Eric Florchuk (Saskatoon to Vancouver)
Looking to add scoring depth, Giants general manager Barclay Parneta acquired Washington prospect Eric Florchuk from Saskatoon. The talented centre had seven points in his first five games. That has translated to a 9-4-1-0 record since his arrival, and has allowed Vancouver to improve from a .514 points percentage to a .559 points percentage. Further, Vancouver’s power play was ranked last in the league at 11.7 per cent upon Florchuk’s arrival and has risen to 11th in the league, now operating at a 20.4 per cent efficiency. Twelve of his 21 points with Vancouver have come on the power play and overall, he is currently on an eight game rip where he’s put up 14 points.
Gabriel Fortier (Baie-Comeau to Moncton)
Tampa prospect Fortier had 32 points in 36 games for Baie-Comeau before the deal to Moncton. Since that time, he’s scored 10 goals and had 16 points in 15 games with Moncton. Most impressively, nine of his 10 goals with his new team have been scored at even strength. Since his arrival, the Wildcats are 12-2-1-0 and sit in second place in the QMJHL.
Creed Jones (Gatineau to Rimouski)
Jones, who was never considered a starter, was 2-11-2, with a 3.86 GAA and a .887 save percentage in 19 games with the Olympiques this season. Overall, he had just 13 wins in 64 career games in Gatineau. Since his acquisition, he is 7-0, with a 0.96 GAA and a .953 save percentage. Rimouski is one of the best shot suppression teams in the QMJHL, and surely Rimouski is a more talented team at this point. Having said that, the Peterborough, Ont., native’s play has been a big reason why the Oceanic are 13-2 since his arrival. Jones has partnered and essentially split duties with incumbent Colten Ellis as Rimouski sits in fourth spot in the league standings.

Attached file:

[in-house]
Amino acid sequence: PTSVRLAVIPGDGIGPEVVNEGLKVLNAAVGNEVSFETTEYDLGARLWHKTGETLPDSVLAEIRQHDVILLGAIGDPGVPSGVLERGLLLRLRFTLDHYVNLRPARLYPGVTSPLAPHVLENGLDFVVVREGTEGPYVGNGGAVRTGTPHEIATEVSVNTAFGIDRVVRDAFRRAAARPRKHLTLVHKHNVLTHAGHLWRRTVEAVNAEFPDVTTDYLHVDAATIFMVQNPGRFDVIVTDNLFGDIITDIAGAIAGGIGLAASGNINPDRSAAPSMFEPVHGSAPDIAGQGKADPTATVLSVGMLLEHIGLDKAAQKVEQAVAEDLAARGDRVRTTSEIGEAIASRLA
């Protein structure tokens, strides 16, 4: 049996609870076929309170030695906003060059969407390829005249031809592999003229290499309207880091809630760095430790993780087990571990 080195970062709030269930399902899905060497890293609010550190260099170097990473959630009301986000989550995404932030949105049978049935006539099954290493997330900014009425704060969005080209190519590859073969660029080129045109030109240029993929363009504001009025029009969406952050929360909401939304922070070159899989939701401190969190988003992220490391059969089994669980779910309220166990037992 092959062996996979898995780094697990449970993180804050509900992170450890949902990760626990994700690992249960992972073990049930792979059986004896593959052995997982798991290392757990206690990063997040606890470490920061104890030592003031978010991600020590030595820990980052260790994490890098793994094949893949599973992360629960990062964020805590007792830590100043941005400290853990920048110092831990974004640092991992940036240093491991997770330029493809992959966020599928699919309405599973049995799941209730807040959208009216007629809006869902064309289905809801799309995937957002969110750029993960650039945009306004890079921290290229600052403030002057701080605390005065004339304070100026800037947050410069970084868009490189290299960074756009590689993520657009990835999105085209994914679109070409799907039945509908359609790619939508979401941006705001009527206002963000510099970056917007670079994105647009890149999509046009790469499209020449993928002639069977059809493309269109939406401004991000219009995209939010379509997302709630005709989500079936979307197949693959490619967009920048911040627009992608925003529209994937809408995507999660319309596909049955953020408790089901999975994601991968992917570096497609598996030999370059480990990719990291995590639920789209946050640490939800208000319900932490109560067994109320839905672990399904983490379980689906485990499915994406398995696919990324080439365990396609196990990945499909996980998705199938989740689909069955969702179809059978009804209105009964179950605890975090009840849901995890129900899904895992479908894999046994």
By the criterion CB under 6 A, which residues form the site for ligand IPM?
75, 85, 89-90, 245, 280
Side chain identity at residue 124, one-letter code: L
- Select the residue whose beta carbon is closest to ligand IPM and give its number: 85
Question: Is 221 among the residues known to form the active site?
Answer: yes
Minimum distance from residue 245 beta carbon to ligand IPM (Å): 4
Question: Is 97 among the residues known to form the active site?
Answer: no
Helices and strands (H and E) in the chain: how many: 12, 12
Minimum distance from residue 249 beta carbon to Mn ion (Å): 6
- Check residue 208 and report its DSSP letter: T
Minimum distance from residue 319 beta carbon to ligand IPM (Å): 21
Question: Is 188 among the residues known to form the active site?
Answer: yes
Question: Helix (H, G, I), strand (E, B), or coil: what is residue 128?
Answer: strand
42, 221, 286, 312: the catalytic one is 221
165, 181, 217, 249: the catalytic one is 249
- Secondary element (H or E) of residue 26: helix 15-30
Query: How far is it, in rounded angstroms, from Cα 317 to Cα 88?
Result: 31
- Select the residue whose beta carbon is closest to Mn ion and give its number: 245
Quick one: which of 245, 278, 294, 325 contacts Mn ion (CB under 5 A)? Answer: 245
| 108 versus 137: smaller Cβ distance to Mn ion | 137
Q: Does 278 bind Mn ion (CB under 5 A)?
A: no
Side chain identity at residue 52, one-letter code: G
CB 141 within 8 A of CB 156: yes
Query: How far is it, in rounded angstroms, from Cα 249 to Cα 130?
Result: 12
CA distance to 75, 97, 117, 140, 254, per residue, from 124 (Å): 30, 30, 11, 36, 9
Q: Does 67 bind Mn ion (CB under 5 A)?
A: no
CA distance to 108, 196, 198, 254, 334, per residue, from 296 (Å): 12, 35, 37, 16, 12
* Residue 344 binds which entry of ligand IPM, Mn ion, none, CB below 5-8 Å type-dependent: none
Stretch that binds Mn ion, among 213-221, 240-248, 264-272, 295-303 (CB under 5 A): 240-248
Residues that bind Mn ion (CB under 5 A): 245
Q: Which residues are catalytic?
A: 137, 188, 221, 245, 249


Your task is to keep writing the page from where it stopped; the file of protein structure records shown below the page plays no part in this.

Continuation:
Philip Tomasino (Niagara to Oshawa)
It should come as no surprise that Tomasino is filling the nets with Oshawa. After all, he is a first round pick of the Nashville Predators from the 2019 draft. Tomasino has torn it up and is now a legit contender for the OHL scoring title, thanks to his 33 points in 15 games as a General. His play hasn’t necessarily translated to team success as Oshawa is 9-5-1-0 since Tomasino’s arrival, but it’s tough to overlook the individual numbers when a player is over two points per game.
Dawson Barteaux (Red Deer to Winnipeg)
The Ice is no stranger to making deals. Since learning of their relocation to Winnipeg, general manager Matt Cockell has moulded this team into a contender in its new digs. The most recent big-name acquisition involved the procuring of Dallas prospect Barteaux from the Rebels. Red Deer owner, general manager and head coach Brent Sutter said moving his captain, who was a major minute eater and an amazing mentor, was the toughest trade he’s ever had to make for his franchise. Barteaux has not only put up big point totals (three goals and 15 points in 12 games played), but he’s been able to mentor rising star Carson Lambos on Winnipeg’s top pairing. The Ice have been able to maintain top spot in the Eastern Conference and is poised to make some spring noise in the WHL.